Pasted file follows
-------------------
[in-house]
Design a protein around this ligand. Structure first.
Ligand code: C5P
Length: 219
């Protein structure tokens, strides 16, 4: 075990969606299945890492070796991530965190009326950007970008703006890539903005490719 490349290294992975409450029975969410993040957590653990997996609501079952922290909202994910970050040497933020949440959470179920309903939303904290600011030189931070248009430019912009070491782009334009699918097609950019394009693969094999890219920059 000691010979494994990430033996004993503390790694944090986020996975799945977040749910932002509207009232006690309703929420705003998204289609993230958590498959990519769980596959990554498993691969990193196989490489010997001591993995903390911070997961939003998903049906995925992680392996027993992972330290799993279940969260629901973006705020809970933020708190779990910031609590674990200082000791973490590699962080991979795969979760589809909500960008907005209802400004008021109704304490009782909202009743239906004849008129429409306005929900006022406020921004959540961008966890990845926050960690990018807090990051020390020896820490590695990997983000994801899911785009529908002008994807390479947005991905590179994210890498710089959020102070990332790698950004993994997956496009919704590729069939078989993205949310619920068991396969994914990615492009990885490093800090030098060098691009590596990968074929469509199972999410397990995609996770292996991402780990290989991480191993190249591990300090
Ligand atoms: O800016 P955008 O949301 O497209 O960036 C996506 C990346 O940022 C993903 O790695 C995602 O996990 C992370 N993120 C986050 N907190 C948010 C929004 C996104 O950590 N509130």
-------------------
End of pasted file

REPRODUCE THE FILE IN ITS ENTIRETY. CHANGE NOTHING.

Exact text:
[in-house]
Design a protein around this ligand. Structure first.
Ligand code: C5P
Length: 219
């Protein structure tokens, strides 16, 4: 075990969606299945890492070796991530965190009326950007970008703006890539903005490719 490349290294992975409450029975969410993040957590653990997996609501079952922290909202994910970050040497933020949440959470179920309903939303904290600011030189931070248009430019912009070491782009334009699918097609950019394009693969094999890219920059 000691010979494994990430033996004993503390790694944090986020996975799945977040749910932002509207009232006690309703929420705003998204289609993230958590498959990519769980596959990554498993691969990193196989490489010997001591993995903390911070997961939003998903049906995925992680392996027993992972330290799993279940969260629901973006705020809970933020708190779990910031609590674990200082000791973490590699962080991979795969979760589809909500960008907005209802400004008021109704304490009782909202009743239906004849008129429409306005929900006022406020921004959540961008966890990845926050960690990018807090990051020390020896820490590695990997983000994801899911785009529908002008994807390479947005991905590179994210890498710089959020102070990332790698950004993994997956496009919704590729069939078989993205949310619920068991396969994914990615492009990885490093800090030098060098691009590596990968074929469509199972999410397990995609996770292996991402780990290989991480191993190249591990300090
Ligand atoms: O800016 P955008 O949301 O497209 O960036 C996506 C990346 O940022 C993903 O790695 C995602 O996990 C992370 N993120 C986050 N907190 C948010 C929004 C996104 O950590 N509130």